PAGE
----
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Retrofit: Tiny House Demonstrates Commitment to Conservation

Posted By Jared O. Blum , Thursday, July 28, 2016

When you think of energy efficiency in building materials, whale expeditions and wildlife biologists don’t typically come to mind. However, this summer may change all of that.

By using a tiny home as their mobile research base, Katy and David hope to raise awareness of the consequences of global consumption while reducing their own carbon footprint and show others what can be accomplished with a small budget and a strong motivation.By using a tiny home as their mobile research base, Katy and David hope to raise awareness of the consequences of global consumption while reducing their own carbon footprint and show others what can be accomplished with a small budget and strong motivation.

During the summer of 2015, whale researchers Katy Gavrilchuk and David Gaspard were frustrated with time and money spent on travel and lodging during their annual research expedition and began looking for novel solutions to allow them to better focus on their research going forward. Acutely aware of the effects of climate change, they were committed to maintaining a small carbon footprint and decided to construct a mobile, energy-efficient tiny house to help support their 2016 expedition. 

After learning about innovative building products that could deliver energy efficiency in limited parameters, Katy and David sought help from PIMA member Atlas Roofingto find the right products for their unique application. Their tiny house was built with polyiso rigid foam insulation boards installed in the walls and the roof of the house. It features a high R-value and Class A durable aluminum facer that also serves as a water resistive barrier—delivering needed features without taking up space or adding much weight.

In June, these marine biologists set off from Montreal to study whale and dolphin species migrating through the Gulf of St. Lawrence in Canada. During the 670-mile journey to their research base in Mingan, they will make several stop-overs to scope for whales and talk to people interested in their tiny house and minimal/ecological living. It is a first for many people to see a tiny house on the road, they are even asked if they are part of the circus!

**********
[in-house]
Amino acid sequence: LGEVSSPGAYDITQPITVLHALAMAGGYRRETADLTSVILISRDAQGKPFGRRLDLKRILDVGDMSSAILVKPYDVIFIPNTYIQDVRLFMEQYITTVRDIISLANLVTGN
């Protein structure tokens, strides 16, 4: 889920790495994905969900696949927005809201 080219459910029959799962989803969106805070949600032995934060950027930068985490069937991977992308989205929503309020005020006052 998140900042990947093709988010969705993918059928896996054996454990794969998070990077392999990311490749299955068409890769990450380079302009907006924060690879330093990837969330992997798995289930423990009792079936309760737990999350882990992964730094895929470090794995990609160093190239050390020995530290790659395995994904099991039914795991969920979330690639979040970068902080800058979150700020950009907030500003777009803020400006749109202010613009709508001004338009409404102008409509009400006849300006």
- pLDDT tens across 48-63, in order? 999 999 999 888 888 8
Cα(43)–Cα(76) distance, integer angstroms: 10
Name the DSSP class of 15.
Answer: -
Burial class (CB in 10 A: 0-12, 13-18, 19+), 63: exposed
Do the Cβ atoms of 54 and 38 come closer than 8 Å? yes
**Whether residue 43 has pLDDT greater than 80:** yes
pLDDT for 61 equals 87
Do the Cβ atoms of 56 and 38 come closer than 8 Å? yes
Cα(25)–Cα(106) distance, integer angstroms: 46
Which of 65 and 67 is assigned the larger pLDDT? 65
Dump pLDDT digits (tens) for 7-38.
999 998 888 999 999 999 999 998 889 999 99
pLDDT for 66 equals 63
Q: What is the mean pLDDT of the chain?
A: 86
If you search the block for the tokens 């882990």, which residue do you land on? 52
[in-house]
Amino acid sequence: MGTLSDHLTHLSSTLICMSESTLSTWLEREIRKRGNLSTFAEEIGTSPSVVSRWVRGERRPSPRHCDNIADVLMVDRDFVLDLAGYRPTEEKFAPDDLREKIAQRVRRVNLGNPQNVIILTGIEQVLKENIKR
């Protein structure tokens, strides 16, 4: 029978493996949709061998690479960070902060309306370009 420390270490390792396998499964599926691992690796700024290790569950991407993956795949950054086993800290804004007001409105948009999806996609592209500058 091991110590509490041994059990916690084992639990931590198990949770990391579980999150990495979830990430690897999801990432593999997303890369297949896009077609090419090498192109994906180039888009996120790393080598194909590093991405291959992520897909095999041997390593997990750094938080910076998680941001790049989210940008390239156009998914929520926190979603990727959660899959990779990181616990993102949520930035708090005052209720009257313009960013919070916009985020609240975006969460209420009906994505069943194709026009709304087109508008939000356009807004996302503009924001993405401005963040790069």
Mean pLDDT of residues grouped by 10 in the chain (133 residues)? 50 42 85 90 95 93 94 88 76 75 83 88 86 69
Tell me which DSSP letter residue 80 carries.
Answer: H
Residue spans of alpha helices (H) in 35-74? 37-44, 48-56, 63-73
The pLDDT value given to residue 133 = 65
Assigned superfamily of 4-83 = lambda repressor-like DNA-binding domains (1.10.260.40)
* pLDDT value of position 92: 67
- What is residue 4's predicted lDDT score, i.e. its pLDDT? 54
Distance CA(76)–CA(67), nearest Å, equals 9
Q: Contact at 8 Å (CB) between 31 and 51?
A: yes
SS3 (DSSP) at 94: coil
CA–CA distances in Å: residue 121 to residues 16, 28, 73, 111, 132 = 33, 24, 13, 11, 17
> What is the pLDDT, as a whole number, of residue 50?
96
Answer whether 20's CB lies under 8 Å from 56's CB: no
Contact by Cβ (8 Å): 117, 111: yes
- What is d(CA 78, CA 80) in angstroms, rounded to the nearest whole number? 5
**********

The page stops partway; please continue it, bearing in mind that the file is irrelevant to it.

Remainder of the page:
Throughout the expedition, Katy and David will be traveling through relatively mild summer temperatures ranging from 73 F to 47 F, despite the fact that hurricane season in the North Atlantic lasts from May 15 to Nov. 30. While the temperatures are ideal to study migrating whales, the average 13 days of rain per month may be less than desirable!

By using a tiny home as their mobile research base, Katy and David hope to accomplish several goals. First, they want to raise awareness of the consequences of global consumption while reducing their own carbon footprint. In addition, they aim to build something that can lead by example and show others what can be accomplished with a small budget and a strong motivation.

During the 670-mile journey to their research base in Mingan, they will make several stop-overs to scope for whales and talk to people interested in their tiny house and minimal/ecological living.

During the 670-mile journey to their research base in Mingan, Canada, they will make several stop-overs to scope for whales and talk to people interested in their tiny house and minimal/ecological living.

Although the market for tiny houses is limited, the lessons these researchers have learned in terms of thermal efficiency and product selection have larger application in the wider construction market. As global interest in energy independence grows, products and processes that reduce heating and cooling demands for structures big and small are finding wider acceptance. New construction and retrofitting provide opportunities for builders to reduce the energy requirements of buildings and invest in products that will deliver long-term savings.

Watching these principles writ small in the tiny house adventures of two marine biologists chasing migrating whales in Canada gives us a glimpse of how savings can be magnified in larger projects with the same commitment to conservation.

This blog was originally published at Retrofit

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